– Yadam Siegfried

In Response to “You Got Your Race in My Video Game” from The Escapist Forum: I’m glad the Escapist published this article, as racial issues in video games is an important topic to discuss and has for far too long been buried. I think we need more talk about how political messages are in our games.

My first take on the topic is that this is just how capitalism works. If people are racist, it is inevitable that consumer-driven media will be racist as well. And if a richer group of people are racist, then it’s inevitable that more racist media will be produced for them than for poorer groups. There’s simply more money to be made.

What most people want is to be constantly patted on the back. To be cheered on, and to not be criticised in any way. It’s the nature of the entertainment industry. Games may be “interactive”, but few are interactive in a way that, say, a political science classroom might be at a university. But games aren’t there to make people better citizens, more moral or ethical. They’re there to entertain you. In a way, games are similar to prostitutes. You pay it money, it pleases you without question.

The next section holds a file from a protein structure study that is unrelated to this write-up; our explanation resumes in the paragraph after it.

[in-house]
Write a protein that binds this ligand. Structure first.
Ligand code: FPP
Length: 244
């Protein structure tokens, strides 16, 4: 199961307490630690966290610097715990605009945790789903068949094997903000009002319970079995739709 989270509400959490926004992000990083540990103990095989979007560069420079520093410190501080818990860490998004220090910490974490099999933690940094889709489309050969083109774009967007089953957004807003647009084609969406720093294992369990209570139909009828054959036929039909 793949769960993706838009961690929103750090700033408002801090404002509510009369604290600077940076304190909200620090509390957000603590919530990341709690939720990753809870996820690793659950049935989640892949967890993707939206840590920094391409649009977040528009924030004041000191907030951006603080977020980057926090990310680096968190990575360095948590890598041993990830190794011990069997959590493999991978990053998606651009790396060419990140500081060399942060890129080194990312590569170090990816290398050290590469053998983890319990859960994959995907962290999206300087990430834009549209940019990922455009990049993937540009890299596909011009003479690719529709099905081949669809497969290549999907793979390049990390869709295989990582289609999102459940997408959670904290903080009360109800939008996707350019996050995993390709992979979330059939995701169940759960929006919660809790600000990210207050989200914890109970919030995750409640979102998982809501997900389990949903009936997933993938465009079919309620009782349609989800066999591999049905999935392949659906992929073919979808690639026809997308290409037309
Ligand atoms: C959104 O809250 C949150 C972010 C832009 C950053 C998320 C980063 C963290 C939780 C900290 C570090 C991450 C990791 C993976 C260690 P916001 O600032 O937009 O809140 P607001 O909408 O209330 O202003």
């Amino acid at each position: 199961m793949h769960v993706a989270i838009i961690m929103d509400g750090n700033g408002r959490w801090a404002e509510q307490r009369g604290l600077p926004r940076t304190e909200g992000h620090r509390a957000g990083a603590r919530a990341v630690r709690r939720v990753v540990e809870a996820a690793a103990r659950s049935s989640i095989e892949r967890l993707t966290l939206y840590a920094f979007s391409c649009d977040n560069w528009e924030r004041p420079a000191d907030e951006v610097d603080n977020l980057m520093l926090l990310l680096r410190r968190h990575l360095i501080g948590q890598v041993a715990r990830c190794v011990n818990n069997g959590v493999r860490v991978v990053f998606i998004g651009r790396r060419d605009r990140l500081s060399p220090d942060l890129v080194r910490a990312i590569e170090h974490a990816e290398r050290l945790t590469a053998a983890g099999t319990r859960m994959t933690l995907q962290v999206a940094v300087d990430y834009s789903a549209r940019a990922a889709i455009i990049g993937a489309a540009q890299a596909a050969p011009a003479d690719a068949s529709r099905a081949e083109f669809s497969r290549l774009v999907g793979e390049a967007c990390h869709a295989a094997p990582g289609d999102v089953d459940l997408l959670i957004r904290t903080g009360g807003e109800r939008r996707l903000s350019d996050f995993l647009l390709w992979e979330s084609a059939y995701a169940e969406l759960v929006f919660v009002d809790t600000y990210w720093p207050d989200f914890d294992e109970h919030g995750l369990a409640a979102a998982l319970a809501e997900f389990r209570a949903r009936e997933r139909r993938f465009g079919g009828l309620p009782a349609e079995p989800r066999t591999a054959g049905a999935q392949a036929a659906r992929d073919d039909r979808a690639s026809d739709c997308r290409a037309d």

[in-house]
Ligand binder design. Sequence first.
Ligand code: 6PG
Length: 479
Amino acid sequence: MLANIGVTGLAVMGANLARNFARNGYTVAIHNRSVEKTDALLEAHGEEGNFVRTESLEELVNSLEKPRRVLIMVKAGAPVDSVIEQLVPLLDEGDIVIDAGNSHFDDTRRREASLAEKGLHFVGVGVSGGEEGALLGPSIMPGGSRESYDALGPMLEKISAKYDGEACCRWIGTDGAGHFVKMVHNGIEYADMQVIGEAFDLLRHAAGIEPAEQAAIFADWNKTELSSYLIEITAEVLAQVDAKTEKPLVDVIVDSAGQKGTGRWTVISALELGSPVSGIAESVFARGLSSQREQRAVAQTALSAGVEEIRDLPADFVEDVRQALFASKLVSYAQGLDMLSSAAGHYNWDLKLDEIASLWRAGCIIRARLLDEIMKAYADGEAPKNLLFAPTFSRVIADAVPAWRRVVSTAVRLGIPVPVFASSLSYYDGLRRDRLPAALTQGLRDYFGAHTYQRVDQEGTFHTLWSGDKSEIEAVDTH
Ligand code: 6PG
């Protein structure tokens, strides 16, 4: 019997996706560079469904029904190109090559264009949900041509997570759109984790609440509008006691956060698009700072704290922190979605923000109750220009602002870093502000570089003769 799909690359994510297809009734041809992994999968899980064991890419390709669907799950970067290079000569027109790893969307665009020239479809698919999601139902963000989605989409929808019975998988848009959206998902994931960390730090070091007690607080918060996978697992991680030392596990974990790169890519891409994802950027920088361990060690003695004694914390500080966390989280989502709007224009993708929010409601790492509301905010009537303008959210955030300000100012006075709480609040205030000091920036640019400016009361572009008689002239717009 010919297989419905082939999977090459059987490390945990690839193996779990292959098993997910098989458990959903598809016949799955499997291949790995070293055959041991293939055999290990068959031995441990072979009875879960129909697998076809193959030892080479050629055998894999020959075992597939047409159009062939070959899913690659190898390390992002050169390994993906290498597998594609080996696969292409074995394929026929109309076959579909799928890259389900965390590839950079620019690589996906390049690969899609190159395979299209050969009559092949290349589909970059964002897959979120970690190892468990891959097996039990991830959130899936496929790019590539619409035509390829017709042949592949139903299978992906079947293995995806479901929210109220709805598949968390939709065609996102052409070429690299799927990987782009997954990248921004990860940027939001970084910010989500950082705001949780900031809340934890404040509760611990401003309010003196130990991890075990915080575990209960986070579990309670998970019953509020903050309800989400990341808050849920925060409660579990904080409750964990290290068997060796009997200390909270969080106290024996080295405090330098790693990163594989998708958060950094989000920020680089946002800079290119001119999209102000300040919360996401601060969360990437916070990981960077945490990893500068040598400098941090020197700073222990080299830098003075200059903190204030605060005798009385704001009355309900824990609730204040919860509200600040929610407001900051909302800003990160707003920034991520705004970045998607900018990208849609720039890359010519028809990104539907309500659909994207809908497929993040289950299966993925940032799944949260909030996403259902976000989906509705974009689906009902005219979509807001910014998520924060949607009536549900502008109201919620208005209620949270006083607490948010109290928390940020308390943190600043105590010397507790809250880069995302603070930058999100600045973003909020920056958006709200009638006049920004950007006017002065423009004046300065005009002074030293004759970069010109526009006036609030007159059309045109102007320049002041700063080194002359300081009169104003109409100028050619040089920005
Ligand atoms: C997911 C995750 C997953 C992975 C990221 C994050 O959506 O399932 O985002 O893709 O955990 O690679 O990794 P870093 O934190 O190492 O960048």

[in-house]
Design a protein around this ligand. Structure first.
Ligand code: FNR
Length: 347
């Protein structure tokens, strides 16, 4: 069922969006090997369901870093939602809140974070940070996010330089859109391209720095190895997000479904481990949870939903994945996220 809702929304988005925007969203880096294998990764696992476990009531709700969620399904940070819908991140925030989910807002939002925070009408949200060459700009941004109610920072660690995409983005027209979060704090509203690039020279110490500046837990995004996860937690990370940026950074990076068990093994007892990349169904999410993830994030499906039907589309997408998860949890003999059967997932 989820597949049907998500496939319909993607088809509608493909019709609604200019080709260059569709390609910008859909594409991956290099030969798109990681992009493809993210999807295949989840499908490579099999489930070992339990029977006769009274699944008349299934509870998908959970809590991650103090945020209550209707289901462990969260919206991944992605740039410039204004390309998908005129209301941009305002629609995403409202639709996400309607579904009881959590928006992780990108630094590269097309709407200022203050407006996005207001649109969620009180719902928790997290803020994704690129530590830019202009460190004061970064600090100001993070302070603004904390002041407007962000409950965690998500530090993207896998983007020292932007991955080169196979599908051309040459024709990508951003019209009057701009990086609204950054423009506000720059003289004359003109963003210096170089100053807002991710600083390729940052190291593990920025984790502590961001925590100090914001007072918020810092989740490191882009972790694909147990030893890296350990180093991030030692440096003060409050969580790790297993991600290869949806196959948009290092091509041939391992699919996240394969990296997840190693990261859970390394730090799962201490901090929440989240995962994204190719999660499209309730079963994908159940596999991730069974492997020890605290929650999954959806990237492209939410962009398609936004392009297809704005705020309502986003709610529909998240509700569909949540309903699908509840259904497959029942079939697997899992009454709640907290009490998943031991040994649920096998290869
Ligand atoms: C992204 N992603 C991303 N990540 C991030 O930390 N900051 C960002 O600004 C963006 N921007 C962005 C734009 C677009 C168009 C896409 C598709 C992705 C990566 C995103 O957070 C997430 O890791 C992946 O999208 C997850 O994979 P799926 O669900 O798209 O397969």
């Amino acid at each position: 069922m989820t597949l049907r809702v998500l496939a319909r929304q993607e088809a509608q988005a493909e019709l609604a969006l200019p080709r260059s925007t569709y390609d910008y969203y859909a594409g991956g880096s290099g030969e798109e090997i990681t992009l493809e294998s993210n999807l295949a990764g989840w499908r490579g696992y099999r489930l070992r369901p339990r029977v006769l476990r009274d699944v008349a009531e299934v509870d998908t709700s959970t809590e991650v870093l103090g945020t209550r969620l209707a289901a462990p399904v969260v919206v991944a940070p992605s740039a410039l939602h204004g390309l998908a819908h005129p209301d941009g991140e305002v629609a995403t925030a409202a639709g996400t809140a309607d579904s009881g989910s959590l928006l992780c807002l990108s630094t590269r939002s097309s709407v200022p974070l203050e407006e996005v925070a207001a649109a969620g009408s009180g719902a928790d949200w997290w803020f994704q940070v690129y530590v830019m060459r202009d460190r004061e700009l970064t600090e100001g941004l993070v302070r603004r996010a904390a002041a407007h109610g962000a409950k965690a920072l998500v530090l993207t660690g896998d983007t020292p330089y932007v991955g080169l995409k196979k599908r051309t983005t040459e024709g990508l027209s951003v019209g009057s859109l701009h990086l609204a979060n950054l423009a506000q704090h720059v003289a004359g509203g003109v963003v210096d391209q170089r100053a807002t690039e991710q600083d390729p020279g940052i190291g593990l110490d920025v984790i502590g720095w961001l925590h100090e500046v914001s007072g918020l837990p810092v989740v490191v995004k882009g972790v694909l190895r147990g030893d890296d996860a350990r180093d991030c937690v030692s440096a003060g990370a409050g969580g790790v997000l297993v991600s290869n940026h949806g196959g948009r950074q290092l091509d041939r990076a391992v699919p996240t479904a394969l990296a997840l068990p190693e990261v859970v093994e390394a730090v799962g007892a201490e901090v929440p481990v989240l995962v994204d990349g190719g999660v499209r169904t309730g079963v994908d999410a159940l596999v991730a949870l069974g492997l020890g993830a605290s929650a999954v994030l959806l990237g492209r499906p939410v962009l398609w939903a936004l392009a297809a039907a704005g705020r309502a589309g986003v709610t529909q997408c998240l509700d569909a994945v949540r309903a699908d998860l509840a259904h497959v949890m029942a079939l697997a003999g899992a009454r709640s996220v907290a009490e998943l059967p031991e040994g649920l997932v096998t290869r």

– shihku7

In Response to “You Got Your Race in My Video Game” from The Escapist Forum: Ignorance is bliss and we – as gamers – like to ignore issues of race in games so that we might blissfully enjoy the game itself, free of such concerns.

– theCardinal

In Response to “iMob” from The Escapist Forum: My big worry is that people will start forming iMobs for offenses not done. This kind of vigilantism is all very empowering, but it’s problematic when innocents are being harassed because some 12 year old is good at feigning crying foul to the right people.